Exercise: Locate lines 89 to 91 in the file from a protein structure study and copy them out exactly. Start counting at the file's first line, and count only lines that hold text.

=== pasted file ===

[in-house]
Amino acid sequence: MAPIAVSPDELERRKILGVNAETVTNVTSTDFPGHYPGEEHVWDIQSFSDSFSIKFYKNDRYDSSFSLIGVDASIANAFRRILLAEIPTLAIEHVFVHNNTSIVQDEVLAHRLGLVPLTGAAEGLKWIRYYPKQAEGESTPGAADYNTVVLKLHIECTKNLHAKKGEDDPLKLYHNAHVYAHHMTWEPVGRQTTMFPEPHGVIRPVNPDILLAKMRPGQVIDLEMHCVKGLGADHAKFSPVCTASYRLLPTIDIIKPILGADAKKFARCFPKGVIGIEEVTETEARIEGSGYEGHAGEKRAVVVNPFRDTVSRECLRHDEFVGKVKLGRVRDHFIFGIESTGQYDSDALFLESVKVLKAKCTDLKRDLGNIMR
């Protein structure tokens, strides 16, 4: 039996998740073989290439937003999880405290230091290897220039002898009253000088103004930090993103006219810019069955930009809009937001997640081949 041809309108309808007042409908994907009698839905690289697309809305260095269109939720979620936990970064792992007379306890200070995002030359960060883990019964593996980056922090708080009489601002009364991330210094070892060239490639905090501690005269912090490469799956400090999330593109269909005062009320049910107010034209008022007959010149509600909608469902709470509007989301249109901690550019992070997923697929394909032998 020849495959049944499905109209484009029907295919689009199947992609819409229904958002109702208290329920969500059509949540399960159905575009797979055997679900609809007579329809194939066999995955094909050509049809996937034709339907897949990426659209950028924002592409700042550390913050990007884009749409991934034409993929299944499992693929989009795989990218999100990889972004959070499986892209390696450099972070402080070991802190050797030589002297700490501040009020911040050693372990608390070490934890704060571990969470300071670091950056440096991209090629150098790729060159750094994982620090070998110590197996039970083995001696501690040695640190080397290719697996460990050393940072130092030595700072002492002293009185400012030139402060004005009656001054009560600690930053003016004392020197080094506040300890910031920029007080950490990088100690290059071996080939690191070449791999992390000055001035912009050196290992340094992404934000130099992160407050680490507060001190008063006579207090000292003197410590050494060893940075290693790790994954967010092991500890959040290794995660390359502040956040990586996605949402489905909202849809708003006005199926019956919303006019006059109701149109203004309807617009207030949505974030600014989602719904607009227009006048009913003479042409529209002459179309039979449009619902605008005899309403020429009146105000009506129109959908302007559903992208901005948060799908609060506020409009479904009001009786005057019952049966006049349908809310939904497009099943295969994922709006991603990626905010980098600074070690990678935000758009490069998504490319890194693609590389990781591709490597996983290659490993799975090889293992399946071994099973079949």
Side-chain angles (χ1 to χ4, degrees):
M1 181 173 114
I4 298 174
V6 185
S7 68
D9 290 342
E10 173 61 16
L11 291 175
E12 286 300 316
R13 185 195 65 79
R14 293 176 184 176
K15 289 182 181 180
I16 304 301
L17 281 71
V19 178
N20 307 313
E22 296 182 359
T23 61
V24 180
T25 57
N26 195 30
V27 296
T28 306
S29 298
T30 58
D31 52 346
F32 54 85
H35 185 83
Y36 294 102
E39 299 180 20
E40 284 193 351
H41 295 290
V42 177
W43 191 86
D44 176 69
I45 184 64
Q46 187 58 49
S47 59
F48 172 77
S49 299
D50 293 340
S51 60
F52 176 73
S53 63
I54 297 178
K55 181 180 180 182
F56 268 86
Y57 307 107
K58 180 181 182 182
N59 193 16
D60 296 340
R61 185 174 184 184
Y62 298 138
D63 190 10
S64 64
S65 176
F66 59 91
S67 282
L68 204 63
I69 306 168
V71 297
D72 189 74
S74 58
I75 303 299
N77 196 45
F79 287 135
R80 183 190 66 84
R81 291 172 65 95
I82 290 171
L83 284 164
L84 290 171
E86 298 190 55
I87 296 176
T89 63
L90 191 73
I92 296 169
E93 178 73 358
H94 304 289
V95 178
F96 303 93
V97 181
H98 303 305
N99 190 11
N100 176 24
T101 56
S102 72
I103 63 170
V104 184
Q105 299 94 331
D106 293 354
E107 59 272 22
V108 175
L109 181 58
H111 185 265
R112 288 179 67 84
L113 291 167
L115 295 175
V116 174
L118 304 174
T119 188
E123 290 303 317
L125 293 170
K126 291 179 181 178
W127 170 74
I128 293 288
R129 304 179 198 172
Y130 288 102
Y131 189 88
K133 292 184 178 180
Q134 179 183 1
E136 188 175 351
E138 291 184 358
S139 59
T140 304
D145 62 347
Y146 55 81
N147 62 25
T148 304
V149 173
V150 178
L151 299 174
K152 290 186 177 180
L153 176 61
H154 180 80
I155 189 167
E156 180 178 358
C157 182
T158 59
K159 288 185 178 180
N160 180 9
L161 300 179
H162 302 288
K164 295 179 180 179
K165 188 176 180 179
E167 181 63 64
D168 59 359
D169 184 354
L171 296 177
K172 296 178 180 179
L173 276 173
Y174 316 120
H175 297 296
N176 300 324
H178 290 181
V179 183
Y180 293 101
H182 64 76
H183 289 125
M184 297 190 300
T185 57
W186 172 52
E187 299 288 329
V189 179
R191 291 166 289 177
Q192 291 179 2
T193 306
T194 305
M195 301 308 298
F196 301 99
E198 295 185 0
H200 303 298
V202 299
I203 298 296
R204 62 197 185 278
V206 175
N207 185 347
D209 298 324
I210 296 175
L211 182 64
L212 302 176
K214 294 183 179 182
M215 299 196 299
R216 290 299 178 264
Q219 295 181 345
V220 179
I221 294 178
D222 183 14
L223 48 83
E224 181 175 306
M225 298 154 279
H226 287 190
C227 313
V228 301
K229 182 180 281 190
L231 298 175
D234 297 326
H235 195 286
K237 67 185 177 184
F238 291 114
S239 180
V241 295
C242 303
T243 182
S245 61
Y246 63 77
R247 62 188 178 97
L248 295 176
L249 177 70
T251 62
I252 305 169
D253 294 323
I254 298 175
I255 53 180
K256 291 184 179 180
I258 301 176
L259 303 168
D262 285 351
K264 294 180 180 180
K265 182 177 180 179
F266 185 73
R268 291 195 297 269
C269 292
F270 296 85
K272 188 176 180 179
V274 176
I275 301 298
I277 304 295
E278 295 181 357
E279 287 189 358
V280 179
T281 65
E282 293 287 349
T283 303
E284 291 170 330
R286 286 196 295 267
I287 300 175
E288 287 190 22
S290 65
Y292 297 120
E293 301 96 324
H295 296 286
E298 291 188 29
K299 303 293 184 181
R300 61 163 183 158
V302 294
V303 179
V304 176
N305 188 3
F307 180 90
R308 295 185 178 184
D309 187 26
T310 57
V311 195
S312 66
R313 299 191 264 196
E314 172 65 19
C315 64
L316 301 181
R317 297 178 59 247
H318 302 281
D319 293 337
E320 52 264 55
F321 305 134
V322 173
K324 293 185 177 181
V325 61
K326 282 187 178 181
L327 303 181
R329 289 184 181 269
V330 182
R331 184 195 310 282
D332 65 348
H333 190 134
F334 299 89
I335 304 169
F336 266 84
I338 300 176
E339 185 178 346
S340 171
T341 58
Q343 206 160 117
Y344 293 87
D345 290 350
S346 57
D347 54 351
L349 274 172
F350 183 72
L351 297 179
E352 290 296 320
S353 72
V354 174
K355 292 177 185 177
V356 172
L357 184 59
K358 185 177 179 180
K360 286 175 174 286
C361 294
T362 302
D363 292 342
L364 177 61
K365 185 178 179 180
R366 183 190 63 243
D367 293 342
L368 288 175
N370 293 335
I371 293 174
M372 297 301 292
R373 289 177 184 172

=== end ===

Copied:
S102 72
I103 63 170
V104 184